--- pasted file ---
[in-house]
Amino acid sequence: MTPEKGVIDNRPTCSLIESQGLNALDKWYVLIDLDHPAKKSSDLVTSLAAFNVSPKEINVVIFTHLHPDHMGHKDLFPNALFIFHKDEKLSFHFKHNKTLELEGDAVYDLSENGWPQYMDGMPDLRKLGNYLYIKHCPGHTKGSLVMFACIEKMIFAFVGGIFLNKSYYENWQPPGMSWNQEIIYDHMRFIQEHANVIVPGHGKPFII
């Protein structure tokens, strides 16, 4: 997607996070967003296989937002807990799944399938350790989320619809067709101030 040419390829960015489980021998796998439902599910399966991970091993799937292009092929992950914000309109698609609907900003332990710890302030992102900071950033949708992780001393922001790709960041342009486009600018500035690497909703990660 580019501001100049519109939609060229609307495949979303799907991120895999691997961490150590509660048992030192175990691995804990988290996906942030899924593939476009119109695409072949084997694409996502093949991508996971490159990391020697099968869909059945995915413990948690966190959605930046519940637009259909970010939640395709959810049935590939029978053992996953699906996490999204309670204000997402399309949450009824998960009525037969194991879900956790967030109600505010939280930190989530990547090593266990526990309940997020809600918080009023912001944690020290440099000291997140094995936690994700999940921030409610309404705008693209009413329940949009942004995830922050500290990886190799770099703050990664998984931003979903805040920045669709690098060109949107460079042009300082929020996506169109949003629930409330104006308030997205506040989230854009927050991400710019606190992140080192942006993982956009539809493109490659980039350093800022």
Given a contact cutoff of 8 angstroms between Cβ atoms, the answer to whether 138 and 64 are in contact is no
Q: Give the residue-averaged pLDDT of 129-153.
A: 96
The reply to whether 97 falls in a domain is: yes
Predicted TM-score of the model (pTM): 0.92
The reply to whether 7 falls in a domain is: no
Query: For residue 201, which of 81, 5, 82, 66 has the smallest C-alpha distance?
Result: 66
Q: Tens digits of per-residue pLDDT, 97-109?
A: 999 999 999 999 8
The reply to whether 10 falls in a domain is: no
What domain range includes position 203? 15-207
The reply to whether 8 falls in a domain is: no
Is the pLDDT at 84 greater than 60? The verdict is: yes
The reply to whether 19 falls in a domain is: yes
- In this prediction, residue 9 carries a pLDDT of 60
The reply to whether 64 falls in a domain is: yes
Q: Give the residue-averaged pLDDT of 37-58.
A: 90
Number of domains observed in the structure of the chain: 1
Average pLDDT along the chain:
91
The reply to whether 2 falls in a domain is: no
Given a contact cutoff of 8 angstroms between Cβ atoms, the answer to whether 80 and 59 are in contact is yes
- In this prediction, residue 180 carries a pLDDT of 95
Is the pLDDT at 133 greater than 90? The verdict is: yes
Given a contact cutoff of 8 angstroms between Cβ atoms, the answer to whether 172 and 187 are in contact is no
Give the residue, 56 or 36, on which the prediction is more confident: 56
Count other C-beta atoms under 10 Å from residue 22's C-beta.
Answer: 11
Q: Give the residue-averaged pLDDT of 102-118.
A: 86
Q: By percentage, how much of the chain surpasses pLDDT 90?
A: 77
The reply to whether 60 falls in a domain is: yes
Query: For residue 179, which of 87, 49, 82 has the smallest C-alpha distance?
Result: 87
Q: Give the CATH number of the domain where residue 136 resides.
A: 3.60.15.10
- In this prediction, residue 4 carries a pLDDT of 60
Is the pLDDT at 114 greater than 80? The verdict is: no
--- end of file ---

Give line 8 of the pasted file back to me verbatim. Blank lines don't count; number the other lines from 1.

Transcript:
Predicted TM-score of the model (pTM): 0.92